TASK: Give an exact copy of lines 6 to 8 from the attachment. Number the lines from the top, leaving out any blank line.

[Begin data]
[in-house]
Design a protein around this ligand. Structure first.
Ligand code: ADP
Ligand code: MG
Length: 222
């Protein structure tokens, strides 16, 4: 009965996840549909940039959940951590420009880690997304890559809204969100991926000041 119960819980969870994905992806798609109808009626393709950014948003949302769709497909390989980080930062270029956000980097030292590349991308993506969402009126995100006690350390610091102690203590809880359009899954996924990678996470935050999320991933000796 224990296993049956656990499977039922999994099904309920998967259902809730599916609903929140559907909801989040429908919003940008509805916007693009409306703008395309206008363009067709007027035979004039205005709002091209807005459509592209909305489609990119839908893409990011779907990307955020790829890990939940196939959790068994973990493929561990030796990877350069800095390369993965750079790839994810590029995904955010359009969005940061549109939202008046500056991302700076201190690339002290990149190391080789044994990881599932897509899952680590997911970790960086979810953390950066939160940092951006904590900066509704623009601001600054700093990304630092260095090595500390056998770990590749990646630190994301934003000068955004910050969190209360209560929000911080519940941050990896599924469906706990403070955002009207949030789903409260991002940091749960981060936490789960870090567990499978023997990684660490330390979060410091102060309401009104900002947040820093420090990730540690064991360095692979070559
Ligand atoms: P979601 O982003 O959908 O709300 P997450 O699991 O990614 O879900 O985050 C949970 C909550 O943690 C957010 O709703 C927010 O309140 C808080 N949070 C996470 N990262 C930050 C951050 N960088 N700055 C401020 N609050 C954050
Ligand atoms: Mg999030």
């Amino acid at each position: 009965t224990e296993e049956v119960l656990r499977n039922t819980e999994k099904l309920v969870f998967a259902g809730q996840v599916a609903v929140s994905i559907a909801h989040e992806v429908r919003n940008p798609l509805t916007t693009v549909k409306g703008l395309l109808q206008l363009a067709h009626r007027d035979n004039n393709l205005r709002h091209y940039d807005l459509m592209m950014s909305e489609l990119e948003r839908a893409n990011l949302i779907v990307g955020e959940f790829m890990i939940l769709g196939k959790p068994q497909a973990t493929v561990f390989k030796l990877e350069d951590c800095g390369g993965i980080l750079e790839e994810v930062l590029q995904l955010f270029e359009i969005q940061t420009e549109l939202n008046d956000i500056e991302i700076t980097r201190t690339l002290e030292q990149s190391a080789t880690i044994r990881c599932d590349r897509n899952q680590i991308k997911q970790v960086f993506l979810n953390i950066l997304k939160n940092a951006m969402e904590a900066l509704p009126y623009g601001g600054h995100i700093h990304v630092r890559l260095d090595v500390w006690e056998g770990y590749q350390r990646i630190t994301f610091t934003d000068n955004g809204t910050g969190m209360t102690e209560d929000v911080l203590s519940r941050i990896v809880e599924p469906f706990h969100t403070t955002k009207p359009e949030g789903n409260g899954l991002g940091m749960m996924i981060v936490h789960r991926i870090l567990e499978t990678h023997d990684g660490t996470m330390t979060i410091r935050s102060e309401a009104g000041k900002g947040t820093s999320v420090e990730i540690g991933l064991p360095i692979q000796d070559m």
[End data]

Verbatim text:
């Protein structure tokens, strides 16, 4: 009965996840549909940039959940951590420009880690997304890559809204969100991926000041 119960819980969870994905992806798609109808009626393709950014948003949302769709497909390989980080930062270029956000980097030292590349991308993506969402009126995100006690350390610091102690203590809880359009899954996924990678996470935050999320991933000796 224990296993049956656990499977039922999994099904309920998967259902809730599916609903929140559907909801989040429908919003940008509805916007693009409306703008395309206008363009067709007027035979004039205005709002091209807005459509592209909305489609990119839908893409990011779907990307955020790829890990939940196939959790068994973990493929561990030796990877350069800095390369993965750079790839994810590029995904955010359009969005940061549109939202008046500056991302700076201190690339002290990149190391080789044994990881599932897509899952680590997911970790960086979810953390950066939160940092951006904590900066509704623009601001600054700093990304630092260095090595500390056998770990590749990646630190994301934003000068955004910050969190209360209560929000911080519940941050990896599924469906706990403070955002009207949030789903409260991002940091749960981060936490789960870090567990499978023997990684660490330390979060410091102060309401009104900002947040820093420090990730540690064991360095692979070559
Ligand atoms: P979601 O982003 O959908 O709300 P997450 O699991 O990614 O879900 O985050 C949970 C909550 O943690 C957010 O709703 C927010 O309140 C808080 N949070 C996470 N990262 C930050 C951050 N960088 N700055 C401020 N609050 C954050
Ligand atoms: Mg999030």